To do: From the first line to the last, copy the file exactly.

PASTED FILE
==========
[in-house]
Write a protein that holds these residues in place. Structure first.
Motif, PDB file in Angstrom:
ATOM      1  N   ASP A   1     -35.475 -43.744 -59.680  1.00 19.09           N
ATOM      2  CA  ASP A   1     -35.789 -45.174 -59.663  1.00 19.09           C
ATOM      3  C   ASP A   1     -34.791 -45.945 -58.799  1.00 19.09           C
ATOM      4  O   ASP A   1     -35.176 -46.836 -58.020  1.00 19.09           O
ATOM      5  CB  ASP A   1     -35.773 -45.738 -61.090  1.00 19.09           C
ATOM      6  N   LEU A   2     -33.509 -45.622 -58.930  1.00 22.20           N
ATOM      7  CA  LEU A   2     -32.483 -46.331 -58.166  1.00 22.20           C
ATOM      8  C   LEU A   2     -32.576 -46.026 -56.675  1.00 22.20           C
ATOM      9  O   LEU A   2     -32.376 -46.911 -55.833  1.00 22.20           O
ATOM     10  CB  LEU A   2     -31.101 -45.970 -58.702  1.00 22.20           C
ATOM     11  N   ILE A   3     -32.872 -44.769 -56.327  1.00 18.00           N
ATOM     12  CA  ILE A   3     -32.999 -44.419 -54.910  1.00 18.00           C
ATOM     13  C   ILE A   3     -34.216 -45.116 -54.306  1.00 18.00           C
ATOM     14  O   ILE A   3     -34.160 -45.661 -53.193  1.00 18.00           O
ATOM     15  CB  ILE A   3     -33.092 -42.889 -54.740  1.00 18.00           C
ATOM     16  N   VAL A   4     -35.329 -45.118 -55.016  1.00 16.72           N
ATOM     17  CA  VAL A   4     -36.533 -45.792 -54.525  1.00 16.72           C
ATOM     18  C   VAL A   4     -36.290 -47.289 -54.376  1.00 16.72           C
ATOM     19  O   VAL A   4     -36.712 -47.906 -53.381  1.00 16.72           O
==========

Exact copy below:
[in-house]
Write a protein that holds these residues in place. Structure first.
Motif, PDB file in Angstrom:
ATOM      1  N   ASP A   1     -35.475 -43.744 -59.680  1.00 19.09           N
ATOM      2  CA  ASP A   1     -35.789 -45.174 -59.663  1.00 19.09           C
ATOM      3  C   ASP A   1     -34.791 -45.945 -58.799  1.00 19.09           C
ATOM      4  O   ASP A   1     -35.176 -46.836 -58.020  1.00 19.09           O
ATOM      5  CB  ASP A   1     -35.773 -45.738 -61.090  1.00 19.09           C
ATOM      6  N   LEU A   2     -33.509 -45.622 -58.930  1.00 22.20           N
ATOM      7  CA  LEU A   2     -32.483 -46.331 -58.166  1.00 22.20           C
ATOM      8  C   LEU A   2     -32.576 -46.026 -56.675  1.00 22.20           C
ATOM      9  O   LEU A   2     -32.376 -46.911 -55.833  1.00 22.20           O
ATOM     10  CB  LEU A   2     -31.101 -45.970 -58.702  1.00 22.20           C
ATOM     11  N   ILE A   3     -32.872 -44.769 -56.327  1.00 18.00           N
ATOM     12  CA  ILE A   3     -32.999 -44.419 -54.910  1.00 18.00           C
ATOM     13  C   ILE A   3     -34.216 -45.116 -54.306  1.00 18.00           C
ATOM     14  O   ILE A   3     -34.160 -45.661 -53.193  1.00 18.00           O
ATOM     15  CB  ILE A   3     -33.092 -42.889 -54.740  1.00 18.00           C
ATOM     16  N   VAL A   4     -35.329 -45.118 -55.016  1.00 16.72           N
ATOM     17  CA  VAL A   4     -36.533 -45.792 -54.525  1.00 16.72           C
ATOM     18  C   VAL A   4     -36.290 -47.289 -54.376  1.00 16.72           C
ATOM     19  O   VAL A   4     -36.712 -47.906 -53.381  1.00 16.72           O